It’s been brought to my attention that there is a ridiculous rumor being spread around the tattoo ranks alleging that a certain article in the San Jose Mercury News printed some months ago exposes the massive amounts of tax free cash that we cart into the bank every day. I’m sorry, did I miss something here? I didn’t know it was such a big secret! I personally use a dump-truck twice a day to deliver the green to Cargo ships so they can deliver it into my Swiss bank accounts.

Every day, I see tattoo art being splashed about on $300 Christian Audiger T-shirts. I see Kat Von D-cup flaunting her money machine in front of millions of suckers (viewers) every week. Miami Ink has been flaunting their wad even longer than Kat’s $1,000-per hour-escapades. There are hundreds of tattoo magazines and even more tattoo websites sprouting up like the latest tattoo goop-du-jour. Ed Hardy T-shirts are selling at Costco for God’s sake! Everywhere you look our craft is being exploited by millions of people who don’t know a damned thing about tattooing. Booths at tattoo conventions can cost upwards of $1,000 for the weekend. The health departments of our local cities charges us up to $250 for a health permit and $150 for a special-event business license.

Everybody knows how much we make. That’s why everybody is stepping up to the trough to get their greedy little hands on our hard-earned dollars. If we didn’t make so much money, why would every Tom, Dick and Sherry want to open up their own shop? If it’s such a secret, why are there thirty Chinese tattoo supplier ads on my e-mail inbox EVERY-SINGLE-FUCKING DAY? I think that most of us who are successful in the business drive new cars and own our own homes. If business is good, we own several shops across the nation and even the world! It’s common knowledge that Paul Booth charges $300 per hour and so does Da Wei Zhang. I only charge a mere $150 per hour, but I have it posted on the wall of my showroom here at Blue Tiki Tattoo, for everybody to see. When they call and ask how much I charge, I tell them! I’ve had customers come into my shop and tell me that Hart and Huntington in Honolulu charges a $600 minimum. So, what’s the big secret? If we don’t want anybody to know how much we make, then why are we all talking (or bragging) about it. Why are we bragging to everybody about being booked up for two years in advance?

To say that the IRS doesn’t know how much we make is pure wishful thinking. We can’t get a loan for that new car or a mortgage for the house unless we have a pretty hefty paper trail. We have business licenses, sellers permits and we pay quarterly estimates because of the one thing we need to remind ourselves of: we are legitimate businesses. It’s taken a long time to elevate tattooing from the back alleys to the respectable mainstream enterprise it is today, so what are you crying about? I’m a legitimate businessman… are you?

—Uncle Tim Heitkotter

Blue Tiki Tattoo

Hanalei, Kauai

*  *  *

The part that baffles me is, what does all this secrecy hide? For example, does Puente really think that by exposing a tattooist’s hourly rate, the Internal Revenue Service is suddenly going to descend on the tattoo industry and take all their money away? Is that it? Surely Mr. Puente is not so naive that he really thinks the IRS is  unaware of a quarter million tattoo artists in the U.S. alone, or the thirty thousand tattoo shops or the TV shows or the multi-million dollar supplier industry. Where does he think all that information goes? Does he really believe that, when a tattoo artist signs a lease, opens a business on a city street, applies for an auto loan, uses a credit card or pays a phone bill, that it’s secret information? That no one knows?

I have worked for fifteen years to promote tattooing in a positive light. I have reported on practically every major convention, featured most every significant tattoo artist in the world, written about every ebb and flow of the industry from Guadalajara to Guam, from Texas to Tokyo and back again. Never once has any tattoo artist refused to tell me how much he charges for a tattoo. Never once. In fifteen years.

So why is this an issue now? Tattooing is no secret society, not with a million-plus tattoo artists working around the world it isn’t. Secret skills and secret techniques only for the privileged few? Guess again. Those days were over and done with decades ago. There’s so many videos, how-to books, seminars and apprenticeships happening that you can’t count them all. Bill Funk gives seminars on the subject of “how much to charge” at the yearly National Tattoo Association convention, for heaven’s sake. And what is the result of all this success? Joy at being able to own your own shop? The financial security to buy a house, feed a family or send the kids to a good school? Or is it whisper campaigns? Rumors? Veiled threats? Not very uplifting. That attitude, that way of thinking, is based on being so dumbed down and angry that reality is a threat. It’s a call to arms for a point of view that doesn’t make sense.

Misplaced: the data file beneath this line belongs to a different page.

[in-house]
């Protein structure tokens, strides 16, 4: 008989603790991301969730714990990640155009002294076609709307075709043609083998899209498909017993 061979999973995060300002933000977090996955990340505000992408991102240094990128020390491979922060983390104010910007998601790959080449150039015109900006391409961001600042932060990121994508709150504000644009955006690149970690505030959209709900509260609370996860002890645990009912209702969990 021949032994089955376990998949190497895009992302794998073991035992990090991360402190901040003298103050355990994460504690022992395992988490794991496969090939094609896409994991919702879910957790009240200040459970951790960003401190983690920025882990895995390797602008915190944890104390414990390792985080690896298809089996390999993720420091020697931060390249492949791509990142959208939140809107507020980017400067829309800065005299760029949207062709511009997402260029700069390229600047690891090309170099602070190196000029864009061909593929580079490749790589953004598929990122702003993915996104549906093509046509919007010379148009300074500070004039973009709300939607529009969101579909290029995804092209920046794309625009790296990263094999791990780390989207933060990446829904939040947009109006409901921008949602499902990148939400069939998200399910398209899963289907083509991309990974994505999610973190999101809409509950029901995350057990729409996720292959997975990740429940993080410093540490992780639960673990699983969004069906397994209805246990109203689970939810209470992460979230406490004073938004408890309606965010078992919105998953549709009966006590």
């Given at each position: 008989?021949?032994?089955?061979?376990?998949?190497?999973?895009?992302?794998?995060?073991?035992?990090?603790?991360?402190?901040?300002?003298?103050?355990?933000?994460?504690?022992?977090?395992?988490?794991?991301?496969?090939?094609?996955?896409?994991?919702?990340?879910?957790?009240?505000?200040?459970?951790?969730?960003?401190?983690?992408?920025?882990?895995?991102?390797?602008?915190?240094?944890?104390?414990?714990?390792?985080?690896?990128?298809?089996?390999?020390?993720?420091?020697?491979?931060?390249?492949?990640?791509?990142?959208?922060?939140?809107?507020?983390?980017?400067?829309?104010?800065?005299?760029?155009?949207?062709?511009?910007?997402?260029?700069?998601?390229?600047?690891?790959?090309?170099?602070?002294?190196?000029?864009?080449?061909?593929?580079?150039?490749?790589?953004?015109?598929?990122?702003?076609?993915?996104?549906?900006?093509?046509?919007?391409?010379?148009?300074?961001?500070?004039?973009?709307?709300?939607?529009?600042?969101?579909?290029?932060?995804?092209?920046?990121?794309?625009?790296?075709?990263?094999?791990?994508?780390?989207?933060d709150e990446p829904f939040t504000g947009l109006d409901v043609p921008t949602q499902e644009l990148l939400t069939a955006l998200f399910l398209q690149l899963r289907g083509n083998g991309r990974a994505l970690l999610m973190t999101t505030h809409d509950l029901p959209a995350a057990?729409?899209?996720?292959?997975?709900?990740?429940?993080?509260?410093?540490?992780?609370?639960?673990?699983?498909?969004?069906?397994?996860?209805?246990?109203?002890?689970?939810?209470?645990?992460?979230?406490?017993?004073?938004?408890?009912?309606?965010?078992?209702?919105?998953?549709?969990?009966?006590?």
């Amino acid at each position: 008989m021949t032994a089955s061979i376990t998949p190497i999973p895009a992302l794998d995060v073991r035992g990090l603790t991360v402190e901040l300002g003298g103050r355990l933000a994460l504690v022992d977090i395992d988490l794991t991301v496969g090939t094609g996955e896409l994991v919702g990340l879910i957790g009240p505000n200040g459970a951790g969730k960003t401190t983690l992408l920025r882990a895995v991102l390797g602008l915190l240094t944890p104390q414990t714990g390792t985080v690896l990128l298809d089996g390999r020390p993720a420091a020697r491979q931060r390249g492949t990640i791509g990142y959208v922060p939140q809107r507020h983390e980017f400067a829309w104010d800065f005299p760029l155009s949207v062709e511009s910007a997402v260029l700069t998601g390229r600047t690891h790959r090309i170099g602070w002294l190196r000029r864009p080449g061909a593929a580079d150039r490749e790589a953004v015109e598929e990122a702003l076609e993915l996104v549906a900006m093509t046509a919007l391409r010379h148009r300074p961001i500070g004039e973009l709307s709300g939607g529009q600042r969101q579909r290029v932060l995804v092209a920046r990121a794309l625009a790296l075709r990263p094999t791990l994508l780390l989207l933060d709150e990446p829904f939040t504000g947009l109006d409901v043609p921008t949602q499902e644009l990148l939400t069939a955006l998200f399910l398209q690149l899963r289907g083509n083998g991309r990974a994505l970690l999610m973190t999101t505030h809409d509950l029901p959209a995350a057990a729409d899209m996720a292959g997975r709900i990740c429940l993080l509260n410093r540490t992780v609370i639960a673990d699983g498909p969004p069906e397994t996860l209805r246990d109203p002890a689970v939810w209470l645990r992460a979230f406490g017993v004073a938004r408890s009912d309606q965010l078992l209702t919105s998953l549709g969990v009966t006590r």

In a business that proudly announces how many weeks or months or years it is booked ahead, an industry that pats itself on the back and announces, “We’re the only people rock stars look up to,” how is it that no customer ever sits down in the chair at a tattoo studio and hasn’t a clue how much the session is going to cost? Seems to me, the first thing a person wants to know is, “How much does it cost?” Does Juan Puente really think the appropriate answer to that question should be, “Sorry, I can’t tell you. It’s a secret” ?

—Bob Baxter

baxter@tattooroadtrip.com

9 Responses

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  1. Uncle Tim said, on October 28, 2010 at 12:23 pm

    I was wondering…..why hasn’t anybody in this secret circle ever taught me the “secret handshake”?

  2. Phil Shamrock said, on October 28, 2010 at 9:38 pm

    I just think that when people like juan or myself got into this business, everything was kept as a big secret. We had to fight for every piece of information out there. Now all our trade has been dumped all over the television, and nothing is sacred. I know tattooers that make 30k a year or possibly less, and I know tattooers who easily bring in 250k+. But really its nobody’s business. Thing is, when you write that tattoo artists make $300 per hour, (which very few do, and that would only be take home if they were shop owners, it would be a damned sight lower if they are working in someone else’s shop, which you neglected to write) then you attract all the punk kids who think they can sit on their ass all day and trace and make millions. So now you have an even larger influx of idiots that think they are hot shit and start wrecking everyone’s skin. Contrary to popular belief, most tattoo customers don’t even look at your portfolio before getting a tattoo in a street shop, they just look at the shit that’s on the walls. So the general public isn’t educated, and lots and lots more of them start getting truly terrible tattoos, and in turn makes our business look even shittier. The TV shows have done us more harm than good, and now, a magazine that we have trusted for a couple of decades is going to start selling off our secrets to the wolves?